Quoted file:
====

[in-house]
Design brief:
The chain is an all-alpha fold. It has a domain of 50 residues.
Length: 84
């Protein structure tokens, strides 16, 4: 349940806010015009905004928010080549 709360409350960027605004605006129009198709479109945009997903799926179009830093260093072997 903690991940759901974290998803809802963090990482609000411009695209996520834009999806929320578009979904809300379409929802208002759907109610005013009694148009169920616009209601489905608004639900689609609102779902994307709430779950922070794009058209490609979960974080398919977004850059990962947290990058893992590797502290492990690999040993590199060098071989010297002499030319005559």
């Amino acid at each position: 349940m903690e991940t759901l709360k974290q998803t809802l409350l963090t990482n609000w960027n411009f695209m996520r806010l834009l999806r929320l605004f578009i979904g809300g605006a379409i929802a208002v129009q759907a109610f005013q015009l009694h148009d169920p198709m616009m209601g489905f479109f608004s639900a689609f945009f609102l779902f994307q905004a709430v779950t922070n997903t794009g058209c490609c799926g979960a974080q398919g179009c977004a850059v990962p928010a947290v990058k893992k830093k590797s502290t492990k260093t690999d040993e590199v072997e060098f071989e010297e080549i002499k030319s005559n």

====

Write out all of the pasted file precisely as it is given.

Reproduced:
[in-house]
Design brief:
The chain is an all-alpha fold. It has a domain of 50 residues.
Length: 84
């Protein structure tokens, strides 16, 4: 349940806010015009905004928010080549 709360409350960027605004605006129009198709479109945009997903799926179009830093260093072997 903690991940759901974290998803809802963090990482609000411009695209996520834009999806929320578009979904809300379409929802208002759907109610005013009694148009169920616009209601489905608004639900689609609102779902994307709430779950922070794009058209490609979960974080398919977004850059990962947290990058893992590797502290492990690999040993590199060098071989010297002499030319005559």
């Amino acid at each position: 349940m903690e991940t759901l709360k974290q998803t809802l409350l963090t990482n609000w960027n411009f695209m996520r806010l834009l999806r929320l605004f578009i979904g809300g605006a379409i929802a208002v129009q759907a109610f005013q015009l009694h148009d169920p198709m616009m209601g489905f479109f608004s639900a689609f945009f609102l779902f994307q905004a709430v779950t922070n997903t794009g058209c490609c799926g979960a974080q398919g179009c977004a850059v990962p928010a947290v990058k893992k830093k590797s502290t492990k260093t690999d040993e590199v072997e060098f071989e010297e080549i002499k030319s005559n």